A family of migrant workers from Florida stop alongside the road in Sawboro, North Carolina, on their way north, July 1940.
At first, Great Migration arrivals into Baltimore were mostly in-state transplants, as one might expect, from Eastern Shore sharecropping farms and Southern Maryland tobacco fields. In 1910, 87 percent of the city’s Black population was native to Maryland, with migrants from Virginia making up the largest group of those born outside of the state. By 1920, however, the share of Black Baltimoreans who were Maryland natives had already declined to 76 percent. By the outset of the Great Depression, nearly half of the city’s Black population had been born outside Maryland.
The early in-state migrants were lured up and across the Chesapeake Bay by the already large and, in many cases, thriving Black neighborhoods in East and West Baltimore that had been built around Black churches, Black-owned businesses, then-Morgan College, and the city’s burgeoning mill, railroad, factory, and port industries. Since at least Frederick Douglass’ time in the city in the 1830s, African Americans from the Eastern Shore and Southern Maryland had viewed Baltimore as a kind of mecca. After the Civil War and brief optimism of Reconstruction, they continued to come seeking better jobs and wages and education for their children.
Equally important: those leaving Maryland’s rural counties for Baltimore were also seeking relief from discrimination and political oppression, as well as the ever-present threat of white violence—they were, for all intents and purposes, refugees seeking asylum within the borders of their own state. Baltimore was still segregated, but it provided greater opportunity and options, and it was safer. From 1877 to 1950, more than 4,000 Black Americans, an average of more than one person a week, were lynched in the U.S. The last three of the more than 40 lynchings that took place in Maryland occurred in the early 1930s on the Eastern Shore, later than commonly assumed, and still within the lifetime of many Maryland residents today. But no lynching, as far as anyone knows, ever took place in Baltimore City, where there had always been a large, free, dynamic Black population.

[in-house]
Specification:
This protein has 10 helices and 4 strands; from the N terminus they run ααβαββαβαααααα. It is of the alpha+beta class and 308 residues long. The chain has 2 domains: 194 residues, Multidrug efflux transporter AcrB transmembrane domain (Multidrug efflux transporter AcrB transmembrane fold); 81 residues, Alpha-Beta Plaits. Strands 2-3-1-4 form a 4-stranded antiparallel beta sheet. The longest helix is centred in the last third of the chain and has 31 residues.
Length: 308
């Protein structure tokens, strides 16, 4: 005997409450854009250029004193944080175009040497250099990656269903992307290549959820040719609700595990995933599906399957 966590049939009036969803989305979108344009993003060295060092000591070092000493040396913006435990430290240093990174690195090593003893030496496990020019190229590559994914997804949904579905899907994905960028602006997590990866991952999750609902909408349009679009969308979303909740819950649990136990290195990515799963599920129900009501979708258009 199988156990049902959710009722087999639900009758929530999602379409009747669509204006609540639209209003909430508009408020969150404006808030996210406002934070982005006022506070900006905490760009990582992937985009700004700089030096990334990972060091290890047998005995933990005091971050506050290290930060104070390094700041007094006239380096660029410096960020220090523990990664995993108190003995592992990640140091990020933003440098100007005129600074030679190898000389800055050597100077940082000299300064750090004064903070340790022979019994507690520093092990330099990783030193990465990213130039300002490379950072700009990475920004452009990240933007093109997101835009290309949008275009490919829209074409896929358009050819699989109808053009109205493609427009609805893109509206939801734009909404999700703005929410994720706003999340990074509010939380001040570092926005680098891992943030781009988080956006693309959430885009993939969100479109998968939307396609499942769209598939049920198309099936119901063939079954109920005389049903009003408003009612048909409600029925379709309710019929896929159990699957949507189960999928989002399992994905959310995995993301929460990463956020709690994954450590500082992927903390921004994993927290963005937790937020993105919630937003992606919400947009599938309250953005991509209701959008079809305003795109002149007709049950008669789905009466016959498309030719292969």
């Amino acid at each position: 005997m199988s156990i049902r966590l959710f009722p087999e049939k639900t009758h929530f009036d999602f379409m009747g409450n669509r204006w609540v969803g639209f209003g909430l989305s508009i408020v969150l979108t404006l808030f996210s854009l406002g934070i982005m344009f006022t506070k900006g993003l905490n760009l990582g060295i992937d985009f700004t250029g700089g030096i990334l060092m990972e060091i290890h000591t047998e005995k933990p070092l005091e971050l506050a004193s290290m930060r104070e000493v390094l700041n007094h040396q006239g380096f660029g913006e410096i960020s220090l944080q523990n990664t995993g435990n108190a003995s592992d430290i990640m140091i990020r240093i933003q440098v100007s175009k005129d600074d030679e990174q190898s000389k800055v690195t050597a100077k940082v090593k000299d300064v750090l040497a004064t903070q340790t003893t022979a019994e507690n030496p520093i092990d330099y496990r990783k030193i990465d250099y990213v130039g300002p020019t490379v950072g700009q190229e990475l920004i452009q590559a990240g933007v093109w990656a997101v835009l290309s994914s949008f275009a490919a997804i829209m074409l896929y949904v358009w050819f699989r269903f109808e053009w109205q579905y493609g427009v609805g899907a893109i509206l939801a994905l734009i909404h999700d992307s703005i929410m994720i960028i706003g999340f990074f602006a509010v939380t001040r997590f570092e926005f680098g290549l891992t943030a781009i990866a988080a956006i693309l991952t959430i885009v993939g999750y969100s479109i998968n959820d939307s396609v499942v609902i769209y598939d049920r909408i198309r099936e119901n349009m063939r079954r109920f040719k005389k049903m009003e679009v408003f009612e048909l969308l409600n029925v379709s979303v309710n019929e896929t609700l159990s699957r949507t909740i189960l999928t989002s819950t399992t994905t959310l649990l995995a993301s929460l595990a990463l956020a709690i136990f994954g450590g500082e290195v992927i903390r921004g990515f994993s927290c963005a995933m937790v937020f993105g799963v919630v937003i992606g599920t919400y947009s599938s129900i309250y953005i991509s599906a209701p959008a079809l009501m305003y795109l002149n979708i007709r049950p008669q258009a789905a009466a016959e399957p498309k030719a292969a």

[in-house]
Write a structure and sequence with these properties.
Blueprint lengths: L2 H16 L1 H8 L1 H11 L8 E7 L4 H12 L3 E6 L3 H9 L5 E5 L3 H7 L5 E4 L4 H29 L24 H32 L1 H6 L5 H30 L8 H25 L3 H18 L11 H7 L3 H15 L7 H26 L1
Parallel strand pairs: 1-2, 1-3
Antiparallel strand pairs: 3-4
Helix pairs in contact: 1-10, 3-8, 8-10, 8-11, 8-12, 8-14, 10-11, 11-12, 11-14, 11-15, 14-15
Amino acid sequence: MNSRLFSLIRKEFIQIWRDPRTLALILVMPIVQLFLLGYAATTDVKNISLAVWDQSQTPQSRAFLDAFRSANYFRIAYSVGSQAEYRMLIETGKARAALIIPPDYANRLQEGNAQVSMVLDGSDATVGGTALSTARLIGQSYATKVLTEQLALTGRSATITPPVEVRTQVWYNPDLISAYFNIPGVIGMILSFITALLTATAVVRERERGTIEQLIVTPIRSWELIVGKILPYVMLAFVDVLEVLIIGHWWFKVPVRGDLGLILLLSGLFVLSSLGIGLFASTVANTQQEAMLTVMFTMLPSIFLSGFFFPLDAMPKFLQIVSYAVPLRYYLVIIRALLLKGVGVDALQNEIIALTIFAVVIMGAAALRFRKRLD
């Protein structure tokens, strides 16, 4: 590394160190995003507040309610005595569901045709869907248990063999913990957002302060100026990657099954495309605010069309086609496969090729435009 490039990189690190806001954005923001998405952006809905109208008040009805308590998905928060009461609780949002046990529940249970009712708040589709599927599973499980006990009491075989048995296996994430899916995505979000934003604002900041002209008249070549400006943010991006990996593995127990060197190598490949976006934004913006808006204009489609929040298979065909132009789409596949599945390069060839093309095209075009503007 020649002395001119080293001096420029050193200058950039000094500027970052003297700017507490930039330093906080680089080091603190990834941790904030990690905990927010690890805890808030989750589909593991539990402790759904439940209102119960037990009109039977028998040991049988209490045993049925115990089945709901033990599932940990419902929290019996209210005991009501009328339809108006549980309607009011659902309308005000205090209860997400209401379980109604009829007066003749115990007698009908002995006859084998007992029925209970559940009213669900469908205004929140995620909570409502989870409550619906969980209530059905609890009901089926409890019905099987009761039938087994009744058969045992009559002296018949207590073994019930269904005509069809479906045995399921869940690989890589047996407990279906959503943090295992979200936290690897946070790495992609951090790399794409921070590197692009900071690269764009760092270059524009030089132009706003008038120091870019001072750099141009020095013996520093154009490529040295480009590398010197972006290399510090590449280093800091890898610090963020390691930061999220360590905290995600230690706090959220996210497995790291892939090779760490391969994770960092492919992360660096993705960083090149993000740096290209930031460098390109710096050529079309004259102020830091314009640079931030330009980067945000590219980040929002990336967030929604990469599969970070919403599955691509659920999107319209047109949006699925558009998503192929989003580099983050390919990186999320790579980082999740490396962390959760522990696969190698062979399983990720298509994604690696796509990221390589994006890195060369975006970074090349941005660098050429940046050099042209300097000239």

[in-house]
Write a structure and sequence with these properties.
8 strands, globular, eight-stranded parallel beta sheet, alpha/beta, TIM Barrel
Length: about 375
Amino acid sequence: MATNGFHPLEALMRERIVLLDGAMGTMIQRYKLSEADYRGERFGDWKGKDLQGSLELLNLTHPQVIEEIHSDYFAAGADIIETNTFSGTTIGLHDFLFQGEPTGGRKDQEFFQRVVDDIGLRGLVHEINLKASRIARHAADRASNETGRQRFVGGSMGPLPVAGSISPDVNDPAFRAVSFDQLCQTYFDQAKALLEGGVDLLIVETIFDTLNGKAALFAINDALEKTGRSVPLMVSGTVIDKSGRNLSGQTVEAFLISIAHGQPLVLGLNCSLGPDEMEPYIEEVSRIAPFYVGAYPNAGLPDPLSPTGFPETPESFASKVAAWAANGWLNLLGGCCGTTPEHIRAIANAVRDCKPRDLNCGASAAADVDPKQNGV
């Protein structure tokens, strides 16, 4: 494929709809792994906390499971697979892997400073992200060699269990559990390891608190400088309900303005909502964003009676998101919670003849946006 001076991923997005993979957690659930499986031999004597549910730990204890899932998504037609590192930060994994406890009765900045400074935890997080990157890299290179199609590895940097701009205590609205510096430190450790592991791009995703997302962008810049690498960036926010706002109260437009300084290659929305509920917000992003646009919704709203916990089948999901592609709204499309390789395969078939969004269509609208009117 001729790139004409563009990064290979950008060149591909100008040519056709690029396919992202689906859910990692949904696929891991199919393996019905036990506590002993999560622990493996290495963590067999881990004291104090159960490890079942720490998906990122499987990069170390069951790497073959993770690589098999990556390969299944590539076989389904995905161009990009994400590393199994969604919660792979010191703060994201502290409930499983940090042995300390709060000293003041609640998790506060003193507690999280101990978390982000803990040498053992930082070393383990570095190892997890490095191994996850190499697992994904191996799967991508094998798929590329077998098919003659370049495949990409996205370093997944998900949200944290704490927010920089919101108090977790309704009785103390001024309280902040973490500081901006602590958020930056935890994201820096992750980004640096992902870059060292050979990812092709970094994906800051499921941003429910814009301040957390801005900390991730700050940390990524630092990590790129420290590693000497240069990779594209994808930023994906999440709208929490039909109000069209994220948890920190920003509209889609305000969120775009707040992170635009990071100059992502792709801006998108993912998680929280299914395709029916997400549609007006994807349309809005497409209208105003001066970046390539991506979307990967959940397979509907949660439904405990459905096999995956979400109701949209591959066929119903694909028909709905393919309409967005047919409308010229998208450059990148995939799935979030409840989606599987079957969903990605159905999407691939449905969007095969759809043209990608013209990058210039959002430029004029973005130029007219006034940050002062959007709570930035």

Such was the terror inspired by lynchings and near-lynchings, according to Charles Chavis Jr., director of the John Mitchell Jr. Program for History, Justice, and Race at George Mason University, that there was a direct correlation between those witnessing lynchings on the Eastern Shore and those fleeing to Philadelphia and Baltimore. “In terms of the Eastern Shore and its sense of place, with its agriculture and isolation, it possessed the spirit of the antebellum Deep South,” says Chavis. “The whole concept of Maryland as ‘the Middle Ground’ with both a history of slavery and also always a large free Black population in Baltimore makes it unique in the story of the Great Migration. Baltimore wasn’t the ‘North,’ but for many, it was ‘close enough.’”